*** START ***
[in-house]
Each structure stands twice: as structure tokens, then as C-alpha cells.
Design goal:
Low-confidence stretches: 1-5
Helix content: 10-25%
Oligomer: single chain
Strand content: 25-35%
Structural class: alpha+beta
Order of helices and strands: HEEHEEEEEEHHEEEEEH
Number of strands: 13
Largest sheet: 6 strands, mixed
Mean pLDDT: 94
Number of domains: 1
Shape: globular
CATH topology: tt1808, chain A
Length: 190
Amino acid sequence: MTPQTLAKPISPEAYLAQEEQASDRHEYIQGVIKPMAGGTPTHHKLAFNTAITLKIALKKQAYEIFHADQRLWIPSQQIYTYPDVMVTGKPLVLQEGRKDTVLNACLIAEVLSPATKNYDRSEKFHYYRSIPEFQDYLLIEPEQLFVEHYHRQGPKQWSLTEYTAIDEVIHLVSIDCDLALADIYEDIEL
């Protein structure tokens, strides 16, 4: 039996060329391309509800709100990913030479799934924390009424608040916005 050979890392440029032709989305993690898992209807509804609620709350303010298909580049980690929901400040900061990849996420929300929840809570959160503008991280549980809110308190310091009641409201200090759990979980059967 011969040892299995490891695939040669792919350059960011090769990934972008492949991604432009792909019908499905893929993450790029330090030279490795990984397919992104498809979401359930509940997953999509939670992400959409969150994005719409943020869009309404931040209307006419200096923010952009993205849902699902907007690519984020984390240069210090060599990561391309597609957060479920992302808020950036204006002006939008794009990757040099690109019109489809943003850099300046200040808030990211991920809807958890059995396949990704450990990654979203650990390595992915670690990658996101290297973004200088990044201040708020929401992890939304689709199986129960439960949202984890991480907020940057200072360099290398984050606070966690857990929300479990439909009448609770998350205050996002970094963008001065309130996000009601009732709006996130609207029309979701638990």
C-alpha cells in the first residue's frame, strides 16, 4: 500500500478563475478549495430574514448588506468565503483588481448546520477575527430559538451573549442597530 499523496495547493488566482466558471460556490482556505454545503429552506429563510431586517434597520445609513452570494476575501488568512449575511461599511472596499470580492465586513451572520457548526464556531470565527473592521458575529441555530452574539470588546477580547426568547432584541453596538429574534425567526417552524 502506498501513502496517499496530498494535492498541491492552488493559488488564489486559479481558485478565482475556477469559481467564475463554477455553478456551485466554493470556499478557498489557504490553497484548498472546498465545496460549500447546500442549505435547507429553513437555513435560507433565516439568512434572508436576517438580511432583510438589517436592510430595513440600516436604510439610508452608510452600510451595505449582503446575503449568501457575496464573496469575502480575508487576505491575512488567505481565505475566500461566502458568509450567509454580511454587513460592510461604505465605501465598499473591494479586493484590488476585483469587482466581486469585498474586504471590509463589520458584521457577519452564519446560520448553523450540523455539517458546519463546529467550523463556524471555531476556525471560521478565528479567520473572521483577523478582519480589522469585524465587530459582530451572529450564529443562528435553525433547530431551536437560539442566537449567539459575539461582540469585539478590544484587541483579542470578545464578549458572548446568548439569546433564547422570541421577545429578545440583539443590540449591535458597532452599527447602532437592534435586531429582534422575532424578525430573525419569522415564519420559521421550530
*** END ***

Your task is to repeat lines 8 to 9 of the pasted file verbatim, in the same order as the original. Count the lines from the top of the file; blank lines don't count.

Structural class: alpha+beta
Order of helices and strands: HEEHEEEEEEHHEEEEEH